HARTFORD, Conn. (AP) — A state employee union has taken aim at two top Republican lawmakers in a new TV ad that urges the General Assembly to impose higher taxes on Connecticut's wealthy citizens and corporations.

The 30-second spot , dubbed "Connecticut: The Movie," was paid for by SEIU 1199, New England. It began airing statewide Thursday morning and comes days after state employee union leaders announced that rank-and-file members had approved a labor concession package that's expected to save $1.5 billion over two years to help cover a projected two-year, $5 billion state budget deficit.

The ad accuses House Minority Leader Themis Klarides, of Derby, and Senate Republican Leader Len Fasano, of North Haven, of "siding with corporate lobbyists to protect billionaires and corporations." Both leaders have said they oppose higher taxes and believe their respective budgets would garner greater labor savings than the concessions package, which is currently awaiting legislative approval.

"The working class people of this state are waiting for someone to stand up and ask the same of billionaires and corporations that they do of everyone else," said Jennifer Schneider, a union spokeswoman.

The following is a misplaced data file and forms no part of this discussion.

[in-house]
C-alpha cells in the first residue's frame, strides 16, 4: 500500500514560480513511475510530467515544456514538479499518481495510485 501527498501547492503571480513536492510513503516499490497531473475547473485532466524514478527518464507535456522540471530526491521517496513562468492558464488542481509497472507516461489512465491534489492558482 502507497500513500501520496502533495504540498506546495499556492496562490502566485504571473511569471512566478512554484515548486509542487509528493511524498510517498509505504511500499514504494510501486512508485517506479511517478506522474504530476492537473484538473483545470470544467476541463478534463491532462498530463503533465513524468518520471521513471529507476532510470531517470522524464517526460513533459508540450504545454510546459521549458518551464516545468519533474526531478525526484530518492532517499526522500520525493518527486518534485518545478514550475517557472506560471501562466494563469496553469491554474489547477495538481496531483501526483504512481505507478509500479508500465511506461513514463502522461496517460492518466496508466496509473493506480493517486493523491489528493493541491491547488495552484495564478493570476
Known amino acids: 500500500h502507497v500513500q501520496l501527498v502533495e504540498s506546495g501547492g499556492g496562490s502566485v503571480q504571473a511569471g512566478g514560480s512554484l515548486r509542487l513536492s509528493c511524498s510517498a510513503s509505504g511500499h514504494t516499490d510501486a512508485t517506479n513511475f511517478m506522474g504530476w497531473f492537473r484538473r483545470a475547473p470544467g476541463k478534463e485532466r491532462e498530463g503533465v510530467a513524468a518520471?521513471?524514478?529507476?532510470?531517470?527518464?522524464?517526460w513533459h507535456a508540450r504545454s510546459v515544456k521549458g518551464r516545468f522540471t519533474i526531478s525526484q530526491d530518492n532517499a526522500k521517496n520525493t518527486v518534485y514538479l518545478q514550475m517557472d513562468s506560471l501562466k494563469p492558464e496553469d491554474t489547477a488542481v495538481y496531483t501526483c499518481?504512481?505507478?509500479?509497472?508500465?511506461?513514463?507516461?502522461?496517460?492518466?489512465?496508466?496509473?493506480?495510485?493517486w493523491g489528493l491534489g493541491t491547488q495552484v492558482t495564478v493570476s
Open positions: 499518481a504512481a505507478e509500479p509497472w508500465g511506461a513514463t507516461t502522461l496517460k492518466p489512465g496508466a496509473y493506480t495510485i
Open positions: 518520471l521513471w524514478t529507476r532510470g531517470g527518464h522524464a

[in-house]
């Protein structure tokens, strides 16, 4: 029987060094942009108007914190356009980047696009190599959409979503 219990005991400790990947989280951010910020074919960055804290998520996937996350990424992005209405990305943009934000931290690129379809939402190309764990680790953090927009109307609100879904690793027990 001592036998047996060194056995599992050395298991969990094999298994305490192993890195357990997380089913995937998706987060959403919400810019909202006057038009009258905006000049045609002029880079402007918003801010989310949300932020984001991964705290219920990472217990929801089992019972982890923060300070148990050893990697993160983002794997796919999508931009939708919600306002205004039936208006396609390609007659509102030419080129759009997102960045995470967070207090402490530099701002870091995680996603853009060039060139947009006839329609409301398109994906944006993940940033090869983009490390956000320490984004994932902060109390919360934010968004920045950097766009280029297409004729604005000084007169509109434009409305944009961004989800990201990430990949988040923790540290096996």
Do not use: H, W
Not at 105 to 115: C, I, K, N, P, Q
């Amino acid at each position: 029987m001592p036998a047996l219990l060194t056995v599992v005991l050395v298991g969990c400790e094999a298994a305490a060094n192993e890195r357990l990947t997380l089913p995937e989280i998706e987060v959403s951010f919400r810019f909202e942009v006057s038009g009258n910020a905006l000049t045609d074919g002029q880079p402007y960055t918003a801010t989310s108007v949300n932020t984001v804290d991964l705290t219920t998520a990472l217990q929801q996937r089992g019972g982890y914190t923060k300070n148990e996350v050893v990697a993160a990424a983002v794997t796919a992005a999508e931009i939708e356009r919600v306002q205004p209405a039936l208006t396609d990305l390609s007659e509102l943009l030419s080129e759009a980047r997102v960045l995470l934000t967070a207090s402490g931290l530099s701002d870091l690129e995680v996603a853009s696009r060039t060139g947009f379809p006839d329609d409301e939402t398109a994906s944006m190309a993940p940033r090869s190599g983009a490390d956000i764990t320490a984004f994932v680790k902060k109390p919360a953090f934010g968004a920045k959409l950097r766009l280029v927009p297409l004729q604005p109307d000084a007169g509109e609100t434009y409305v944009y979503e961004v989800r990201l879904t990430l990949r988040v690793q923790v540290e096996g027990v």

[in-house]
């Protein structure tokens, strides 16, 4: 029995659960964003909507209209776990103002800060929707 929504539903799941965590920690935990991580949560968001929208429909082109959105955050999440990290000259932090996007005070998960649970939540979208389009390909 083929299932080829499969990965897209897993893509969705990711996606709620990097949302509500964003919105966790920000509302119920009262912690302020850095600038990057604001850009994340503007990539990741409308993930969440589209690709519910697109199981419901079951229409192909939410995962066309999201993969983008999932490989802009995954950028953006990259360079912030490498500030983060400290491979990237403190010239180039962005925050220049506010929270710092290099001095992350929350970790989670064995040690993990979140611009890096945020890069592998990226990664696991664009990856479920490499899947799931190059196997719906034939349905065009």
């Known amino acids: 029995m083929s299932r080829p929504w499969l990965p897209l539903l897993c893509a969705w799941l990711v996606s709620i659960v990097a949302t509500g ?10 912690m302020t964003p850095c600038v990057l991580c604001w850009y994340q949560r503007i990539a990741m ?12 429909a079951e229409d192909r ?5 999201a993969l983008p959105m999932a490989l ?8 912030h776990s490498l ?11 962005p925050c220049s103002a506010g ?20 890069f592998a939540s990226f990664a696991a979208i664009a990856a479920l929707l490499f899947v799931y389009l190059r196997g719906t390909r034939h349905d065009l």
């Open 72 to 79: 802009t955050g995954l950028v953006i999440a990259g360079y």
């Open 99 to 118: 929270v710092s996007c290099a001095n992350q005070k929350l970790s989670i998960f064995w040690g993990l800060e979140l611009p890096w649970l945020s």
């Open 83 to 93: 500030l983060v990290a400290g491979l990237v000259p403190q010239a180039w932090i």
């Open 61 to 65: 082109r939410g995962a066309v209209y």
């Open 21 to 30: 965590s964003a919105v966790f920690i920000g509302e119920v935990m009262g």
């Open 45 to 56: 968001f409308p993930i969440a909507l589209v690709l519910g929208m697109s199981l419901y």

Fasano called the ad an attempt by the union "to deflect from the truth," noting how Democrats who support the concessions package are the ones who have proposed a sales tax increase and cuts to social services that will hurt the middle class and working poor.

It remains unclear when the General Assembly will ratify the labor savings agreement or pass a new two-year state budget that Democratic Gov. Dannel P. Malloy will sign into law. Asked Thursday if he's sympathetic to the union's message of higher taxes on the wealthy and corporations, he said, "not particularly, no."

"I'm just happy they're attacking somebody other than me," he joked.

Fasano on Thursday called on legislative Democrats to work with the GOP on a final budget deal, saying "hesitation is devastation when it comes to the state budget." Malloy is currently running state government using his limited executive and spending authority.